Samurai Gunn is an excellent example of how games can do more with less. Its combat is deceptively simple, there are no character advantages, and the tight, dangerous environments each feel unique. However, the lack of an online multiplayer mode will likely keep it relegated to “great party game” status. One warrior is simply not enough.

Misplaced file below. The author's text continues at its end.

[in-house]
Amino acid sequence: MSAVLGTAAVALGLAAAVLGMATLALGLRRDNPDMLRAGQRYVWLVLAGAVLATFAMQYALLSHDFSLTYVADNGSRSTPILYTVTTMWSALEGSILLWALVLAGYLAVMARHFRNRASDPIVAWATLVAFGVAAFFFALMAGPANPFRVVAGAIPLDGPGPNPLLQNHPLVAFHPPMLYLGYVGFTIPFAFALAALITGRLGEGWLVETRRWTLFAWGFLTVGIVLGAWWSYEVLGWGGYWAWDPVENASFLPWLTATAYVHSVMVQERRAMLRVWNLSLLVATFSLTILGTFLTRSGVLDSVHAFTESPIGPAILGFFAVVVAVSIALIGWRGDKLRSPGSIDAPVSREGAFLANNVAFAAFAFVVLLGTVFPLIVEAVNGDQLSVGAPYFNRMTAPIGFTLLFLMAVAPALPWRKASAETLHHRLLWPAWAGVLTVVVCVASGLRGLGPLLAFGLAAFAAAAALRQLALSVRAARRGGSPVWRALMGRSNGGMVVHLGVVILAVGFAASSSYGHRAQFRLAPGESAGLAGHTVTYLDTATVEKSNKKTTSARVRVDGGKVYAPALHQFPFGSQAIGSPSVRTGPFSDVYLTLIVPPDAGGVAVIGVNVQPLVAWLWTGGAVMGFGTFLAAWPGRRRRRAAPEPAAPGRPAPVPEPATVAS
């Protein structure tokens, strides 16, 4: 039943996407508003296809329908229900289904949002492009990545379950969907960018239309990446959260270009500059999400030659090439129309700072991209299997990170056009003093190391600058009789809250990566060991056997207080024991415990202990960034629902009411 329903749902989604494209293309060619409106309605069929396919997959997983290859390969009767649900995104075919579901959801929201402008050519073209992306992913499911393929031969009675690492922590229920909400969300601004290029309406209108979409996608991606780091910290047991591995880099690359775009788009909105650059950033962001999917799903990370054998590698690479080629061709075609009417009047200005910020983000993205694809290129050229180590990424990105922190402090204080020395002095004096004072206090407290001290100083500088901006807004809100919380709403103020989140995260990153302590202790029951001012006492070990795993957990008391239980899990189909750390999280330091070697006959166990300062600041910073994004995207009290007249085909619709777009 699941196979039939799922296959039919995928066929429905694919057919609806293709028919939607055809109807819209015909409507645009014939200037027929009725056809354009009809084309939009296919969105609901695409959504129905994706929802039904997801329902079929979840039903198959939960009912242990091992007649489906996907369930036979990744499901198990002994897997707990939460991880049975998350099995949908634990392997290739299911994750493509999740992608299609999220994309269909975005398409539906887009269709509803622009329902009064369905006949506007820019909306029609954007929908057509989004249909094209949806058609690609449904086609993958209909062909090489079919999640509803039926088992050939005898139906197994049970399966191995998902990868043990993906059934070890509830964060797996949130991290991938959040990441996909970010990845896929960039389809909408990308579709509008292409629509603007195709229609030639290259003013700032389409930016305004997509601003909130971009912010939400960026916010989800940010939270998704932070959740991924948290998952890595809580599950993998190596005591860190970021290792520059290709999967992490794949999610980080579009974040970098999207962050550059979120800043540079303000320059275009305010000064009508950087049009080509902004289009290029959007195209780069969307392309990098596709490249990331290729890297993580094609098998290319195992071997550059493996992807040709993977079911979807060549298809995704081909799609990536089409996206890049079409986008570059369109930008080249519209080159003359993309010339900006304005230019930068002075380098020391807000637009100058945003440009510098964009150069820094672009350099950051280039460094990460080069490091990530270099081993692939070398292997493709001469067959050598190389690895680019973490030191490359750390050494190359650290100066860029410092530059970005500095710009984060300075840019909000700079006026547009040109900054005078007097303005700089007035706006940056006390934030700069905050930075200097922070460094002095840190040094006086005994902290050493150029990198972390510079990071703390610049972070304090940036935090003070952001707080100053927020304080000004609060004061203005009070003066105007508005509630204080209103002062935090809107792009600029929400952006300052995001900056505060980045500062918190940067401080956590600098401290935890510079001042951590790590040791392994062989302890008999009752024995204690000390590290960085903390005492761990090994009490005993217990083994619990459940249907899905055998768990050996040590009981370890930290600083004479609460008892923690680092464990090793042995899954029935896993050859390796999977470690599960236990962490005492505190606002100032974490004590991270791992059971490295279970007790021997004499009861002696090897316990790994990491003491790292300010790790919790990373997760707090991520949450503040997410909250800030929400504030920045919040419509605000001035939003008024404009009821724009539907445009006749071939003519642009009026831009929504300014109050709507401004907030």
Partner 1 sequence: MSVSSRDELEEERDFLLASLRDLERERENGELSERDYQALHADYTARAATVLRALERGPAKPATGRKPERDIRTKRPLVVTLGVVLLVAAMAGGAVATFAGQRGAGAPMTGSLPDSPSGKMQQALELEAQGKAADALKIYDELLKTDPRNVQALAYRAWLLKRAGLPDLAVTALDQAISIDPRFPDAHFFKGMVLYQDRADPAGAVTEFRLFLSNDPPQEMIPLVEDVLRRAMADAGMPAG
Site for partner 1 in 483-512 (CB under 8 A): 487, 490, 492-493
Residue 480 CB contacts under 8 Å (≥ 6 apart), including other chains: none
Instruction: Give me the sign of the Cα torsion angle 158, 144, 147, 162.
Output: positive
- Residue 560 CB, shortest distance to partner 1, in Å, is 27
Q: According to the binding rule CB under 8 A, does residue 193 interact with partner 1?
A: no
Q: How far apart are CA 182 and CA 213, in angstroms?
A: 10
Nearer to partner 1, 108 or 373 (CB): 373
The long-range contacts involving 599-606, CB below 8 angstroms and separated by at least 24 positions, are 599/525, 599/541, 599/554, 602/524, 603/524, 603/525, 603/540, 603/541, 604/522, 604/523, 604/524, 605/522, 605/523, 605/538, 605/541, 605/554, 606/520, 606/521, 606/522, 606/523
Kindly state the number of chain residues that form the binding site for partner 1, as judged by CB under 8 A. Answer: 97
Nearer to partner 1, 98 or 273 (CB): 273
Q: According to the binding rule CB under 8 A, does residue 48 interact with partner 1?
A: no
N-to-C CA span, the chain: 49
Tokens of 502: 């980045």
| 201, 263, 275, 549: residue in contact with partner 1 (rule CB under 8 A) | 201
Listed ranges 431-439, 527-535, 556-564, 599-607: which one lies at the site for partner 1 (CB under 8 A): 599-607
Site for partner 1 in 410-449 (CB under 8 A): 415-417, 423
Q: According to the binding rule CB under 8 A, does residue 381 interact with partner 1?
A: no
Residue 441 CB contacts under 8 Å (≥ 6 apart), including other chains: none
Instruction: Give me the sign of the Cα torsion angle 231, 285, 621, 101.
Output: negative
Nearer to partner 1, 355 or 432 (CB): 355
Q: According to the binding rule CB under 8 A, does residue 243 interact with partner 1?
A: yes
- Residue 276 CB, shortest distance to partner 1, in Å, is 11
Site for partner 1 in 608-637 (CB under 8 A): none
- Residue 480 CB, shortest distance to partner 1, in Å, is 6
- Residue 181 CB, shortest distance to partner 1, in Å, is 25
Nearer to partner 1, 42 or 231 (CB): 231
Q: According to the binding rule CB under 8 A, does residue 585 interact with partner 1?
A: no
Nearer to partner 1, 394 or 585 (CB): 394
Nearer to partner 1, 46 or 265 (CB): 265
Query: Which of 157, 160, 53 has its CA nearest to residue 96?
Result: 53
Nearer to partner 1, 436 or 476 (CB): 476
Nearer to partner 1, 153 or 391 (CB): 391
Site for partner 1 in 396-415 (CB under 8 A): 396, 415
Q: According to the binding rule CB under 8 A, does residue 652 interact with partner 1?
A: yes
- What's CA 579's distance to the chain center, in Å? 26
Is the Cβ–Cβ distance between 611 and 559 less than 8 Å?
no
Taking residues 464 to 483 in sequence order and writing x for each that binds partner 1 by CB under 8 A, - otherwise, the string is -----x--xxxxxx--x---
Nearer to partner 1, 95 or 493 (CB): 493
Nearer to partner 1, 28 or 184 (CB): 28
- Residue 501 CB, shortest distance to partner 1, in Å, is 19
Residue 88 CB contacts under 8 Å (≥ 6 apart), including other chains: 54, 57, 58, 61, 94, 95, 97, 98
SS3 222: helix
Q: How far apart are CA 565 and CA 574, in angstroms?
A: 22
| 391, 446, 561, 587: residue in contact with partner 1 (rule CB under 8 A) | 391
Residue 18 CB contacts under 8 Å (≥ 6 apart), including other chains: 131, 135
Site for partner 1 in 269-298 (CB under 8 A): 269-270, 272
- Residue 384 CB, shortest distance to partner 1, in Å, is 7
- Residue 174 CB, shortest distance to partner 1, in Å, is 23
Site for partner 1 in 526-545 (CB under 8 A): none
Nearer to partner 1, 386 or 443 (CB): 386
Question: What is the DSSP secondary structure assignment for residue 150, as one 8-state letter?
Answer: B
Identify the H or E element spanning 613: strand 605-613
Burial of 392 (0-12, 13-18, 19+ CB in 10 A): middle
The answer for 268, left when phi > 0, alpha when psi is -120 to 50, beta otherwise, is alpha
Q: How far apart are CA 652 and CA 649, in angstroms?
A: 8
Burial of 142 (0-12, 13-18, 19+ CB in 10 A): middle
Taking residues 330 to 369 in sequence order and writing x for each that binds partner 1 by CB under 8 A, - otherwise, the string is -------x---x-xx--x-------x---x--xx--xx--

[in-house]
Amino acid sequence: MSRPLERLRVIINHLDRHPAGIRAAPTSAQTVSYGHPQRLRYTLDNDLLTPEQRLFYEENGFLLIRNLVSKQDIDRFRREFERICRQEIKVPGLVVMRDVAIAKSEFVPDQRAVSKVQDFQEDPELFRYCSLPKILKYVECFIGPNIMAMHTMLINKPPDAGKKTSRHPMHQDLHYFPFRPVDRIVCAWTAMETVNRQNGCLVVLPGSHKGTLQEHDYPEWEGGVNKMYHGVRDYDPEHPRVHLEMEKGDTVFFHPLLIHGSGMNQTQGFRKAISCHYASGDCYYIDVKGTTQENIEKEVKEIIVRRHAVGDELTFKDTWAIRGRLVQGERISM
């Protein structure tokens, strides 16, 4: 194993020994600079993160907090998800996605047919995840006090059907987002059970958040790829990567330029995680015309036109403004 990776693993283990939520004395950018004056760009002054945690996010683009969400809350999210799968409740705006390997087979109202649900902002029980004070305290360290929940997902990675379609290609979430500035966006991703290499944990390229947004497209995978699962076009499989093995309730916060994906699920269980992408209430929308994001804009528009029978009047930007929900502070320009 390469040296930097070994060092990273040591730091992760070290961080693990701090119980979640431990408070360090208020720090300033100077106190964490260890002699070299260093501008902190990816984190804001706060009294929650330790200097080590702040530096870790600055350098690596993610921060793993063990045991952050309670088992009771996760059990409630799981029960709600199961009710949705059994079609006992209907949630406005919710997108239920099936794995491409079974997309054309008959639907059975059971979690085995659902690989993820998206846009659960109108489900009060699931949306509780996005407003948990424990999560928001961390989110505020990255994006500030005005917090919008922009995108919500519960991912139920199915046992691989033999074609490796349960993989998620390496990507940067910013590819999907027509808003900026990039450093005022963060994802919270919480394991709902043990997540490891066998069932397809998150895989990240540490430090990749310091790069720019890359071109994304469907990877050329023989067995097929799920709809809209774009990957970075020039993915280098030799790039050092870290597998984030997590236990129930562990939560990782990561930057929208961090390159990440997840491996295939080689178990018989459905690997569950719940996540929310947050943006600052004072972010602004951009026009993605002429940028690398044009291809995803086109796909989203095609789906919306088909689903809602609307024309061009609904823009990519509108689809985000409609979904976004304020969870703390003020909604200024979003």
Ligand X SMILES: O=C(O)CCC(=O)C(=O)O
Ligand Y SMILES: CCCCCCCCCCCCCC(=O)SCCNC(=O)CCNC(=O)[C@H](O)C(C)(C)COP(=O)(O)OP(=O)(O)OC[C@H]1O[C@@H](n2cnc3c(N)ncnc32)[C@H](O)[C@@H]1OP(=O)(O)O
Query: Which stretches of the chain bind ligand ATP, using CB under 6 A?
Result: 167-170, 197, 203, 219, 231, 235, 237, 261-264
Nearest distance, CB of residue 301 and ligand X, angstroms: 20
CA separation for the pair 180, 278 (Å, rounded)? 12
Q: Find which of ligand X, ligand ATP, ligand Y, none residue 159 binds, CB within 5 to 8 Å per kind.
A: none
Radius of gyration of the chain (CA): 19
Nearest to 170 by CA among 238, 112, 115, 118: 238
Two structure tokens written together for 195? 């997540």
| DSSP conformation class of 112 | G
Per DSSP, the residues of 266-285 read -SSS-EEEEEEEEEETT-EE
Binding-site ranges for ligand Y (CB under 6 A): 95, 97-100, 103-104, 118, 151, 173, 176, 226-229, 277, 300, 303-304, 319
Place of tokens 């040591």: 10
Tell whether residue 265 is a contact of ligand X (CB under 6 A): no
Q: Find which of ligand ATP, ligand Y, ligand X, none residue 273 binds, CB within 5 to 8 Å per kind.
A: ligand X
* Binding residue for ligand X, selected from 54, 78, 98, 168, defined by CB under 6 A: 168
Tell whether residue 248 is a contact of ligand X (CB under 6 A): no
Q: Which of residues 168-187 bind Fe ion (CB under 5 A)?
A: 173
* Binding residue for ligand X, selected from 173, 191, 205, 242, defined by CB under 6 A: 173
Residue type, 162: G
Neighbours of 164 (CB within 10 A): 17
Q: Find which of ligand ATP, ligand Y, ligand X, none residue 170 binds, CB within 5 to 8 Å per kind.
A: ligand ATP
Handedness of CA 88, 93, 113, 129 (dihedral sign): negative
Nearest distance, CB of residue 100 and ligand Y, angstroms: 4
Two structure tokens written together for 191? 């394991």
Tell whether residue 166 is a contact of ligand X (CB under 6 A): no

It’s all about tactics. Say your opponents have three bullets and you have none. You could try to maneuver in close enough for the kill, or you could try to fake your assaults until they waste their shots in order to even the playing field. Talented or highly confident players could even try to deflect incoming bullets back with perfectly timed sword swings. Samurai Gunn’s arenas are small and its characters are quick, meaning you don’t have much time to alter your tactics on the fly. The fast-paced, always-on sort of mentality I had to adopt while playing is stressful, but exciting and rewarding.